LONDON (Thomson Reuters Foundation) - The United Nations has called for $111 million to fund crucial humanitarian needs this year in North Korea, which it said remains drastically under-funded.
Funding for U.N. agencies in North Korea fell from $300 million in 2004 to less than $50 million in 2014 and the country urgently needs money for food and agriculture, health and nutrition, and water and sanitation programs, the world body said.
“(North) Korea is both a silent and under-funded humanitarian situation,” Ghulam Isaczai, U.N. resident coordinator for North Korea, said in a statement released late on Wednesday.
“Protracted and serious needs for millions of people are persistent and require sustained funding.”
About 70 percent of North Koreans are food insecure and almost one third of children under five are stunted, the United Nations said in its report on North Korea “Humanitarian needs and priorities 2015”, released before the funding appeal.
Many health facilities do not have functioning water systems and seven million people need access to clean water and proper sanitation to prevent malnutrition and reduce cases of diarrhea and other diseases, the United Nations said.
Children in rural areas and those in institutions such as nurseries, kindergartens and orphanages have little access to water and sanitation, it added.
About 25 percent of North Korea’s 24.62 million people still have no access to essential health services, including vaccines and basic medical treatment, the United Nations said.
More than 350,000 pregnant women are at risk of common life-threatening conditions such as obstetrics complications because they have no access to essential supplies and services, it said.
North Korea’s food situation has improved since a famine in the 1990s that killed as many as one million people, but the isolated, mountainous nation lacks the farmland, high-quality seeds, fuel and fertilizer needed to feed its people and still relies on foreign aid to do so.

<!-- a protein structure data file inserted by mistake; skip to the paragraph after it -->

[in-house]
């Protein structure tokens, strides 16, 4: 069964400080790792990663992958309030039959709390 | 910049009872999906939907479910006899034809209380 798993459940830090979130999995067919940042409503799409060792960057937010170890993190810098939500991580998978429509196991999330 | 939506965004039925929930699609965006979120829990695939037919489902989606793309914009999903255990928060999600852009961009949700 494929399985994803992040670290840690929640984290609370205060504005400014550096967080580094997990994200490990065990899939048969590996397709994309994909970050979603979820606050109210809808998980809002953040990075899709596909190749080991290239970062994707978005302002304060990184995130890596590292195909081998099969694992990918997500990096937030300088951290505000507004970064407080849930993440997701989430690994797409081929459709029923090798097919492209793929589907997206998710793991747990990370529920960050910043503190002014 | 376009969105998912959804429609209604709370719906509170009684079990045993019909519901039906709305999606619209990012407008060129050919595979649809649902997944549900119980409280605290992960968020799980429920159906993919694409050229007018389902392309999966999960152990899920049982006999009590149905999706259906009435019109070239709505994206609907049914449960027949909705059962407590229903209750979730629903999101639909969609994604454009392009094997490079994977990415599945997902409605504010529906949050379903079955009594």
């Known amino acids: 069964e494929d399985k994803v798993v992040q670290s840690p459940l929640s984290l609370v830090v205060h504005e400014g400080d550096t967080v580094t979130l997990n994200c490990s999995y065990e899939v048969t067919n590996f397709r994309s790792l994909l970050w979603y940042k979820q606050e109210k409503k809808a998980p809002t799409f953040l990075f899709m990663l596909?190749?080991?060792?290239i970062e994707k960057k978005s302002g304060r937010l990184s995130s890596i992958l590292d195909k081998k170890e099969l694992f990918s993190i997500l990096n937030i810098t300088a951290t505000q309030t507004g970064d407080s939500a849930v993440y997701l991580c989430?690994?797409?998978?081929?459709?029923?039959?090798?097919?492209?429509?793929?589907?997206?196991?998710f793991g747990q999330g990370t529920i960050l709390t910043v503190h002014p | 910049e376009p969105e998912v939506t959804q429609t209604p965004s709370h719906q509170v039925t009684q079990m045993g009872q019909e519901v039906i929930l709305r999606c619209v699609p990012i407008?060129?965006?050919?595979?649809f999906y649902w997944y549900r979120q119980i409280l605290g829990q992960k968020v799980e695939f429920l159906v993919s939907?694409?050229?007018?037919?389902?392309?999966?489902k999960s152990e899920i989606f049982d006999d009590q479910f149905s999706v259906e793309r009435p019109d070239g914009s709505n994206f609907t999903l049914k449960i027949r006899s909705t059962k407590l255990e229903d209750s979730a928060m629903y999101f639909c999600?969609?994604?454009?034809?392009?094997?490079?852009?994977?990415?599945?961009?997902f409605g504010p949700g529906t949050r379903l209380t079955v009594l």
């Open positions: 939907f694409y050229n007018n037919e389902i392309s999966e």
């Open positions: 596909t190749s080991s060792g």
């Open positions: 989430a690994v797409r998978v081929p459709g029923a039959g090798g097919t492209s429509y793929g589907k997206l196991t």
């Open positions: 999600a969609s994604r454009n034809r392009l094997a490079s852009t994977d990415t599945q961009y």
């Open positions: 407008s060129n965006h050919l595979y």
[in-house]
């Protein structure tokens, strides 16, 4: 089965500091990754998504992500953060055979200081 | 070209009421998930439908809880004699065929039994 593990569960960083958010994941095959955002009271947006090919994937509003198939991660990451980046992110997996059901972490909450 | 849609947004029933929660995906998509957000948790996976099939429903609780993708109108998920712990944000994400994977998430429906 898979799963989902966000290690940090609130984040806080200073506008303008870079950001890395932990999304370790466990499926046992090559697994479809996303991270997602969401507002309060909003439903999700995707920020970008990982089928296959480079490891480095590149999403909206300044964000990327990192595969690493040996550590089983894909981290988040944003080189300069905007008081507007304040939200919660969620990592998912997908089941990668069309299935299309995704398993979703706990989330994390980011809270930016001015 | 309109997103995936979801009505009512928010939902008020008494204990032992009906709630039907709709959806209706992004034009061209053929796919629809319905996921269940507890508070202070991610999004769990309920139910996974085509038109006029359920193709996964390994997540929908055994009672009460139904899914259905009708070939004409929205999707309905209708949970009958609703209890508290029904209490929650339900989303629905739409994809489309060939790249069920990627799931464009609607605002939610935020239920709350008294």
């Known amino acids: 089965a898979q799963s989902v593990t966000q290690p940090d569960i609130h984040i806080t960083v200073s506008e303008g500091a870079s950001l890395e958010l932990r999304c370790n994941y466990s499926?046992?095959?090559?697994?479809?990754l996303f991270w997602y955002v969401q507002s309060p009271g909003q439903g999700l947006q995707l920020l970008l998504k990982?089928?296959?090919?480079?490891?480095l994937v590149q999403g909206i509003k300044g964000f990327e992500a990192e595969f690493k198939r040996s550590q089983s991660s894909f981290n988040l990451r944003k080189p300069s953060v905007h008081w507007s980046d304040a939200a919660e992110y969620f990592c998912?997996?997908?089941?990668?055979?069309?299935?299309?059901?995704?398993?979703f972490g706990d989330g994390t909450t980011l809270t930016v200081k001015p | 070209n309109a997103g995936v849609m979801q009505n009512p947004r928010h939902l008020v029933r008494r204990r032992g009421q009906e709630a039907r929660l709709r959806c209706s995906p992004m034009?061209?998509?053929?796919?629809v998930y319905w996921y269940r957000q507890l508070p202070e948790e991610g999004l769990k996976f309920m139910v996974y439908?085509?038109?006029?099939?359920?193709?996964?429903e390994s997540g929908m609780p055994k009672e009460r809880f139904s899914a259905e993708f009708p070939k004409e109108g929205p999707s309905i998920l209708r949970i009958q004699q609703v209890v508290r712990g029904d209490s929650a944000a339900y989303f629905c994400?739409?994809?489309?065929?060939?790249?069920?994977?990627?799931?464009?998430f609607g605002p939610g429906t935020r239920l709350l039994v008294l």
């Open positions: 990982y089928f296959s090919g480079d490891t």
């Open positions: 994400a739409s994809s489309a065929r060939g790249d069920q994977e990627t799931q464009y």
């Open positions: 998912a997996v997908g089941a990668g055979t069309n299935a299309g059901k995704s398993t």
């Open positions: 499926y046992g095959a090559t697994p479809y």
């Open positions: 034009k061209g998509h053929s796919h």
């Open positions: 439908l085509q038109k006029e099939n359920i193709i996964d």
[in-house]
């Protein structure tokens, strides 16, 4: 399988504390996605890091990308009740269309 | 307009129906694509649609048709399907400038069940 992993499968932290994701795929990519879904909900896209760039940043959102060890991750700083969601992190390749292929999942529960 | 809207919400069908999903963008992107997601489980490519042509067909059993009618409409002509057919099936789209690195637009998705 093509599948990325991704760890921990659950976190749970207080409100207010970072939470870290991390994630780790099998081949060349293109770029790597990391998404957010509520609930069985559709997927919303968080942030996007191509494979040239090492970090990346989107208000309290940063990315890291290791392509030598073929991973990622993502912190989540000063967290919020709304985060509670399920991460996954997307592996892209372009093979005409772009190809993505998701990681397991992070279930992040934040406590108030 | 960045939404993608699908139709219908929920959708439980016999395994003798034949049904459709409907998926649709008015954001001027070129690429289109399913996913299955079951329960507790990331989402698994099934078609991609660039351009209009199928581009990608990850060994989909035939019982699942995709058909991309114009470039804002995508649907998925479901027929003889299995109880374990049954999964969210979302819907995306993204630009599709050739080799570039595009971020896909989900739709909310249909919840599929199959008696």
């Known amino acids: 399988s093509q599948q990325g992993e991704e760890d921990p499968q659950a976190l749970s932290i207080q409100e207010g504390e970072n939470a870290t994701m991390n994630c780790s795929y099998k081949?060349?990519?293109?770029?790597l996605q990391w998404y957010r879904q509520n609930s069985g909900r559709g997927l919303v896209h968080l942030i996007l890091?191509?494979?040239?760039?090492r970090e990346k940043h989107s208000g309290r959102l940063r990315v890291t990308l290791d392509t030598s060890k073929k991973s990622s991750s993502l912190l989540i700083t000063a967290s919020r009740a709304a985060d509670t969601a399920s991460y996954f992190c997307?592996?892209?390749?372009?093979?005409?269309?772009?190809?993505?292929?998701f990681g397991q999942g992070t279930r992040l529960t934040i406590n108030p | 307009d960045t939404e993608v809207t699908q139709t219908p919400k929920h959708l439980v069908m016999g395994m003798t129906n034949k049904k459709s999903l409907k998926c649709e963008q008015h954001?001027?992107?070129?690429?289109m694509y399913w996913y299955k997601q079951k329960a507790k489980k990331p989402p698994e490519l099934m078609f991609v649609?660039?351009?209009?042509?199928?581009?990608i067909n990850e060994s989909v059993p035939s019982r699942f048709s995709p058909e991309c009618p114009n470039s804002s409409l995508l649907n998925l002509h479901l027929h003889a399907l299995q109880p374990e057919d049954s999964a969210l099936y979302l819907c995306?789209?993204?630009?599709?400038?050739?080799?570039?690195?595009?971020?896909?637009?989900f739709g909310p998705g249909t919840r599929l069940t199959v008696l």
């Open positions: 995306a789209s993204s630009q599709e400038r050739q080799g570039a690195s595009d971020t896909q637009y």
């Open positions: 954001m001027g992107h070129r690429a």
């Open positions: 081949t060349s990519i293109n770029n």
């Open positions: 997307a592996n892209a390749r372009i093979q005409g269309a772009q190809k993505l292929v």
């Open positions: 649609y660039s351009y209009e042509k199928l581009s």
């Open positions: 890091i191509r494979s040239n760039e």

In recent years many international donors have been reluctant to help North Korea because of Pyongyang’s restrictions on humanitarian workers and international fears over its nuclear ambitions.
A week ago, German aid agency Welthungerhilfe said its country director had been expelled without explanation in late February, and that another staffer with the agency left in March of his own volition.
North Korea detained the head pastor of one of Canada’s largest congregations in February while he was on a regular humanitarian mission.
The U.N. has warned that without continued humanitarian support progress made in North Korea in the past 10 years to improve food security, health and nutrition could be reversed.
“It is vital that donors respond quickly and generously to allow aid agencies to address the humanitarian situation,” said Isaczai.
“Humanitarian needs must be kept separate from political issues to be able to ensure minimum living conditions for the most vulnerable, especially women, children and the elderly.”
Reporting By Magdalena Mis; Editing by Tim Pearce